Are you righteous? Kind? Does your confidence lie in this? Are you loved by all? Know that I was. Do you imagine that your suffering will be any less because you loved goodness? Truth?
No. It would seem that righteousness does not disengage one from worldly suffering. Seriousness, though, may equip one to combat it.
A Serious Man
With these basic criteria for the ‘serious man’ motif, I’d like now to turn to A Serious Man. The film centers on a small-town, Jewish professor of physics named Larry Gopnik, whose life is suddenly upended by a series of tragedies mirroring those of Job: his family is taken from him as his wife demands a get (Jewish divorce) and his unassuming brother is accused of gambling and sodomy; his livelihood is threatened by the uncertainty of receiving tenure and a student’s attempt to bribe him; his land is threatened by a domineering neighbor; and, he begins to question where Hashem (God) is and what He wants from him. The movie unfolds masterfully, cycling between Larry’s familial rupture exacerbated by the intrusion of his wife’s lover, Sy Ableman, his work life confused by financial worries, his search for spiritual guidance from three Rabbis (à la Job’s three friends) and his son Danny’s preparation for his bar mitzvah. Not only does the movie build off of the book of Job, it also engages with other compelling Jewish archetypes, including the relationship of father and son (seen especially when Danny, newly bar-miztvahed, walks into the office of the elder Rabbi Marshak, from which his father has been excluded, and passes a conspicuous painting of the Binding of Isaac), the temptation of King David (seen when Larry, standing on his roof top to fix the ever-problematic TV antenna, glances at his neighbor’s wife sunbathing naked), and Jewish chosen-ness (expressed by Rabbi Nachtner in his frequent references to non-Jews as goys). What it means to be a serious man, however, remains a primary focus of the film.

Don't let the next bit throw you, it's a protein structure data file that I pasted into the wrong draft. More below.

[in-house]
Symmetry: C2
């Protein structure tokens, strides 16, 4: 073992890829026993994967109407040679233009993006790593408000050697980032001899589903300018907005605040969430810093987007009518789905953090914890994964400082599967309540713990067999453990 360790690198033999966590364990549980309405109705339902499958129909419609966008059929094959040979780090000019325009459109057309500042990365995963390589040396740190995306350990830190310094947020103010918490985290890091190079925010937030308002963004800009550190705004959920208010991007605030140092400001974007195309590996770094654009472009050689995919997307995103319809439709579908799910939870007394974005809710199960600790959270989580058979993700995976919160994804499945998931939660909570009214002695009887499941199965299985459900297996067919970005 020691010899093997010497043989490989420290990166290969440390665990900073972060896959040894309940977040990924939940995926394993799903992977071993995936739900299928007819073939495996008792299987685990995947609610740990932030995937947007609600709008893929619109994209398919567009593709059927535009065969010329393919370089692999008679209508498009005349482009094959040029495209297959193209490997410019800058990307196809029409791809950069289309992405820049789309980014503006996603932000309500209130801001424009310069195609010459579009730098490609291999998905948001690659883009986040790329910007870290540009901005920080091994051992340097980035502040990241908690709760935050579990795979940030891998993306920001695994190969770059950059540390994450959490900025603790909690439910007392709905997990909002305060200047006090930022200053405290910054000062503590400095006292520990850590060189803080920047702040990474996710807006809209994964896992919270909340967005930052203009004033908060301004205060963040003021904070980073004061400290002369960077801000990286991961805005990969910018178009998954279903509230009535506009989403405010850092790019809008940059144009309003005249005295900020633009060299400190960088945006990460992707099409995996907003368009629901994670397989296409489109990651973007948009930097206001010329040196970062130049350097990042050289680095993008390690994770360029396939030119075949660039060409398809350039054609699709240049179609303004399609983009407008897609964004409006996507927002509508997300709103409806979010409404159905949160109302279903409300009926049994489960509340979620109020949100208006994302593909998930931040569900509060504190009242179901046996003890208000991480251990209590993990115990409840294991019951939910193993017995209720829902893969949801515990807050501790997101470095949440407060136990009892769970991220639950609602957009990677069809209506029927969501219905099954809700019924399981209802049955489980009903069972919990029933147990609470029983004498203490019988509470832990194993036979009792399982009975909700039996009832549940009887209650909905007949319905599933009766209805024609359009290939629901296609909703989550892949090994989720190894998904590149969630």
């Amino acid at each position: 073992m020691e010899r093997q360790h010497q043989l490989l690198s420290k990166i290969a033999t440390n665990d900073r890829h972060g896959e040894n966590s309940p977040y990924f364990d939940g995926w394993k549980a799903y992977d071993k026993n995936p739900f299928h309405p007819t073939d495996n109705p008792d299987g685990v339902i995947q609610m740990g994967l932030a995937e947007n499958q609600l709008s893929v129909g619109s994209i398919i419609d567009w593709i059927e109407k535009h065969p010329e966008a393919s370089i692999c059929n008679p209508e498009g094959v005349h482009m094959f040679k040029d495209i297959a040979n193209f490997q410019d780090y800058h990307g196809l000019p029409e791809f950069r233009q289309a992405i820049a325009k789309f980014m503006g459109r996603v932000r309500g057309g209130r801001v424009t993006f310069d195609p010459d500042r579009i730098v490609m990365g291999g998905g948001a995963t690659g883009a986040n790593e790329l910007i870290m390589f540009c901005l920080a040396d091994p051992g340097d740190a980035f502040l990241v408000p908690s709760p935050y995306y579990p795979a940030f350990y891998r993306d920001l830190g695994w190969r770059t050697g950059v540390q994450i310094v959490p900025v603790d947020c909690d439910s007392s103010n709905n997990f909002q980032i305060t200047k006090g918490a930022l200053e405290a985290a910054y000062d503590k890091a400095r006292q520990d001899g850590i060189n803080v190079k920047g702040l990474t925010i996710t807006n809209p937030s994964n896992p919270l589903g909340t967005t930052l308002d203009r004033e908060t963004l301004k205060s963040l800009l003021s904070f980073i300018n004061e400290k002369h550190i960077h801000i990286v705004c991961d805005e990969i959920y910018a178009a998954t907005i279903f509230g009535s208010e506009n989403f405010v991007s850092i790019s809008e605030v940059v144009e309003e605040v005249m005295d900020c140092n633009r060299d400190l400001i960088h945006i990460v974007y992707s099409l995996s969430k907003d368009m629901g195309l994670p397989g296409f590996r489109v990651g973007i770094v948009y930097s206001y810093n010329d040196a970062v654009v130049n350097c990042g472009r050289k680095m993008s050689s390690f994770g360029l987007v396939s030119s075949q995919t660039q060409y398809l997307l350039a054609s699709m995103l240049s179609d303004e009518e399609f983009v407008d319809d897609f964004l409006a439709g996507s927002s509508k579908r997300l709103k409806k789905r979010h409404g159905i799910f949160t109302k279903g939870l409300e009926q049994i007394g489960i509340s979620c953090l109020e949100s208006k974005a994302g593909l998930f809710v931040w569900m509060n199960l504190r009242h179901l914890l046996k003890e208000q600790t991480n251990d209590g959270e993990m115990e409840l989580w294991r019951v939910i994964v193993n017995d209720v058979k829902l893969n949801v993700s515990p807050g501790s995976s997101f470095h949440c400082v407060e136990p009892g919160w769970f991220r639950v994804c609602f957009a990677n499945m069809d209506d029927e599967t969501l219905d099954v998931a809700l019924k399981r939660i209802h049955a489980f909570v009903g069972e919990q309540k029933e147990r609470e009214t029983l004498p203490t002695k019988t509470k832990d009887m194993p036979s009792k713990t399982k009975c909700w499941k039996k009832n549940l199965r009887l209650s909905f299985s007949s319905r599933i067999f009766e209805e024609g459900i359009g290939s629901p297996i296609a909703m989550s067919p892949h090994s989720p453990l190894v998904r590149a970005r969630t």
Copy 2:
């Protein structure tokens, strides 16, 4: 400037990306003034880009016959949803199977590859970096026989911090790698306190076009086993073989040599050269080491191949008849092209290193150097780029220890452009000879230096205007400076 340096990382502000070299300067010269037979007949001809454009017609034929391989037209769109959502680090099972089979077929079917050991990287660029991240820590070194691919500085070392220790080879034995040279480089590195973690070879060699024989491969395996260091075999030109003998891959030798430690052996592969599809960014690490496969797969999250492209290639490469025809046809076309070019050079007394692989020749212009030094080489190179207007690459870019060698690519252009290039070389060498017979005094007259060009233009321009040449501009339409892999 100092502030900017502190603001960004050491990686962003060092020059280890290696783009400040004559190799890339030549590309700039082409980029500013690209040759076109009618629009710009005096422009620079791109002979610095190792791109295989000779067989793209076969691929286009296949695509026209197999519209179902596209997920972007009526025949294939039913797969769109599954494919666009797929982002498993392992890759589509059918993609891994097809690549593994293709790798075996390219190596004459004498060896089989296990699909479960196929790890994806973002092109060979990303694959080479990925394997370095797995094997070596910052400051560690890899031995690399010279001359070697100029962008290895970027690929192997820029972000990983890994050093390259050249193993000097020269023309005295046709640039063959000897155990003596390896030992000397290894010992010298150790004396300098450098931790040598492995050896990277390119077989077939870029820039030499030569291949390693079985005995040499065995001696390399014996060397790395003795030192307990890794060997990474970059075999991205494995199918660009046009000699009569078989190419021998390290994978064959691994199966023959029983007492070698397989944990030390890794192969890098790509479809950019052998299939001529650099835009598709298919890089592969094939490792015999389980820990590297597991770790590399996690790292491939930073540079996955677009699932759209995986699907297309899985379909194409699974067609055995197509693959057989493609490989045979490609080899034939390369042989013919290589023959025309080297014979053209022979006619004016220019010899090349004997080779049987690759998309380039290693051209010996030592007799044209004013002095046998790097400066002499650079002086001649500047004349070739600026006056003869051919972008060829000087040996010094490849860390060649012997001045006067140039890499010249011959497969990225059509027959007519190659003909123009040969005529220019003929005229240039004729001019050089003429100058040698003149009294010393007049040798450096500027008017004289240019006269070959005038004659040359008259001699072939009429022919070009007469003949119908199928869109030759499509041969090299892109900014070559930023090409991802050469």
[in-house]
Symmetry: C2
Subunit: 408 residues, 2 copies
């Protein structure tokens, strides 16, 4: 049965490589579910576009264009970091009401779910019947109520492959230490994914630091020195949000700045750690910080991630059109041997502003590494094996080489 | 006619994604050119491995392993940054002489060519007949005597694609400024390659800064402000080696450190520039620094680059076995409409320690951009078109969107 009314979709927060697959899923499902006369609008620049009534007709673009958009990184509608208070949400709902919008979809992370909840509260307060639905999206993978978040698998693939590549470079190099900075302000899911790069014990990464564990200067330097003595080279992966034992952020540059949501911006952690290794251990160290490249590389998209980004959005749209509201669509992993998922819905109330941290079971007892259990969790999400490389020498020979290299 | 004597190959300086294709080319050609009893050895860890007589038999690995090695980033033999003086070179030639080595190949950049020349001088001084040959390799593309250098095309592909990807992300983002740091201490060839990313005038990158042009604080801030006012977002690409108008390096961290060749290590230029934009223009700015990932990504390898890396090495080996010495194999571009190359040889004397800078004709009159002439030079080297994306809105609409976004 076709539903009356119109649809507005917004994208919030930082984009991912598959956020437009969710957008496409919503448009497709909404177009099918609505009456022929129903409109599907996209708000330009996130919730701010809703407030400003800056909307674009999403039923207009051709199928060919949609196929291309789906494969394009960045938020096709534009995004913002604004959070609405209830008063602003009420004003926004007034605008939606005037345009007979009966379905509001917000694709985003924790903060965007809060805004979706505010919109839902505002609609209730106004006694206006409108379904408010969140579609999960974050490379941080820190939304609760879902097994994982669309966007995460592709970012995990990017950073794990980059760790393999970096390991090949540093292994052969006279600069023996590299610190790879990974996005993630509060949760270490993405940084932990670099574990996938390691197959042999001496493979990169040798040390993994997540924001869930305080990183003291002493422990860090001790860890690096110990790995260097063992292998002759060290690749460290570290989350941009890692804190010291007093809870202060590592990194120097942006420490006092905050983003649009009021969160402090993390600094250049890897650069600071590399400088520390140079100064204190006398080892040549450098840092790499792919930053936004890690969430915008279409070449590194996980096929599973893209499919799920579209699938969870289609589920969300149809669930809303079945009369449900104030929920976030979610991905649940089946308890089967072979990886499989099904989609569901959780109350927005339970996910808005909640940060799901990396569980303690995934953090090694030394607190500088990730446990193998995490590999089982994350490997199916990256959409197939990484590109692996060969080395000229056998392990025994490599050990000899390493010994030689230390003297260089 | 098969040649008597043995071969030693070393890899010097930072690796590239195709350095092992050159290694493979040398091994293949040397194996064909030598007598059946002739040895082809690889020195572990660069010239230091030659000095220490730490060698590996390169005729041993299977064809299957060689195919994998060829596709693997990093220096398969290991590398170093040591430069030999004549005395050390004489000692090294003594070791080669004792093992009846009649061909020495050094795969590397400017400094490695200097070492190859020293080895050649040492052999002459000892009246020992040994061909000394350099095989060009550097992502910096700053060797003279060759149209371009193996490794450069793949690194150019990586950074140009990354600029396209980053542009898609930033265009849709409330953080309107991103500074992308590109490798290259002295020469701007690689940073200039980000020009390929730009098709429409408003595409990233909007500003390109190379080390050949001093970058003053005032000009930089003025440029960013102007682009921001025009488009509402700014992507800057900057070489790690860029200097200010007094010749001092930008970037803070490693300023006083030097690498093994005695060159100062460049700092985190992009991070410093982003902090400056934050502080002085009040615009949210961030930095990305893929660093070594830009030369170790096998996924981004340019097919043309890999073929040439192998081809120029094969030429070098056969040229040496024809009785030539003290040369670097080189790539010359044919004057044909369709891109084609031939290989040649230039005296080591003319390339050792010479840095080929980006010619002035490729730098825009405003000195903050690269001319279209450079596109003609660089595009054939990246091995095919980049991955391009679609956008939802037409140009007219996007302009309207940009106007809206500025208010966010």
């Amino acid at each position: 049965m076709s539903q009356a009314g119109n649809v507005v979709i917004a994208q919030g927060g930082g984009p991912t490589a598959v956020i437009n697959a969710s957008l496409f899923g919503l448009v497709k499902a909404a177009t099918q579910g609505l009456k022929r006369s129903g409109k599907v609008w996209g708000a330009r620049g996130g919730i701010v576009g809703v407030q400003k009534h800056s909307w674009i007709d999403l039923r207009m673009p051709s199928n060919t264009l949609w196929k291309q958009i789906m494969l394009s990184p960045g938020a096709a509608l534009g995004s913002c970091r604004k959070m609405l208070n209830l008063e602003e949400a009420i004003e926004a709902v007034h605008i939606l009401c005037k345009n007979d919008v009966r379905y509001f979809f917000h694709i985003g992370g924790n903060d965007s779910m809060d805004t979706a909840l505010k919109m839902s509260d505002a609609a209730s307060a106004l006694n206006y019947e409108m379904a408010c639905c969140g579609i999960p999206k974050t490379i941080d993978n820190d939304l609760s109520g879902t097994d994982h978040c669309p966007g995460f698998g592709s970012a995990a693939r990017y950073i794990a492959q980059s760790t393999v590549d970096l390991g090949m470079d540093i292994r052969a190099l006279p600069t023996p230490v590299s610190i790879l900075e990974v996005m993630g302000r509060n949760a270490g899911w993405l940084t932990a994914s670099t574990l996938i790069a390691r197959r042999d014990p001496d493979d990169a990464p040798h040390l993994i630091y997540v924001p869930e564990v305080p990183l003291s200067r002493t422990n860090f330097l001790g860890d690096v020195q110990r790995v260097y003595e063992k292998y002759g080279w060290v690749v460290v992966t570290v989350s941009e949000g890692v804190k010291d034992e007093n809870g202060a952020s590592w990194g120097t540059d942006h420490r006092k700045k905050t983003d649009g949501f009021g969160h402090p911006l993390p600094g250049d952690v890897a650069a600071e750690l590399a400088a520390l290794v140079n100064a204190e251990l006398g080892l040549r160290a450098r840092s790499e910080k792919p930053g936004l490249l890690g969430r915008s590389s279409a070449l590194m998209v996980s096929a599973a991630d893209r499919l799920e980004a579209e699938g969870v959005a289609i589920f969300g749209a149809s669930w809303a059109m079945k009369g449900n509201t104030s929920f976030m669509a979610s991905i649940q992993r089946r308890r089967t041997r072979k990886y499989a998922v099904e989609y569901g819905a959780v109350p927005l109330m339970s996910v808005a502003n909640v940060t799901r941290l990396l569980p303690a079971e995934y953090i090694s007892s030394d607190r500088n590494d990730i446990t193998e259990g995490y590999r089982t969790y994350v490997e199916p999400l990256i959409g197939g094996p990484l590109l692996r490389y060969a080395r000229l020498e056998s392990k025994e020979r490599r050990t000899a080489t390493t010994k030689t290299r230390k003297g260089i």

Interesting to note is that Larry, the presumed eponymous “Serious Man,” is not once referred to as such. His refrain, much like Job’s, is “I haven’t done anything.” He does stumble to say, “I’ve, I’ve tried to be a serious man.” However, only Sy Ableman is referred to as a serious man by both himself and Rabbi Nachtner, likely on account of his commanding presence. Yet, he employs circumlocution to avoid talking directly about the extent of his involvement with Larry’s wife—very much in contrast to Job’s forthright engagement with suffering.
The only other character who describes himself as a serious man is the Yiddish husband from the enigmatic opening to the movie, which involves a Jewish couple welcoming a traveler into their home. Here, the man’s declaration of himself as serious stands in contrast to the superstition of his wife, who suspects that the visitor is a dybbuk (a sort of malevolent spirit). Does this mean that a serious man is a rational man, a man who reasons toward truth? A later scene in the movie suggests that the man intent on rationalizing everything, oddly enough, is the one most likely to be perplexed by the world and be too incapacitated by uncertainty to face the world seriously. As Larry stands before a board chalked with Heisenberg’s Uncertainty Principle, he announces, oxymoronically, that what we know is that everything is uncertain—we can never really know what’s going on. The spectral Sy Ableman, though, retorts “one can see it’s subtle, clever, but is it convincing?”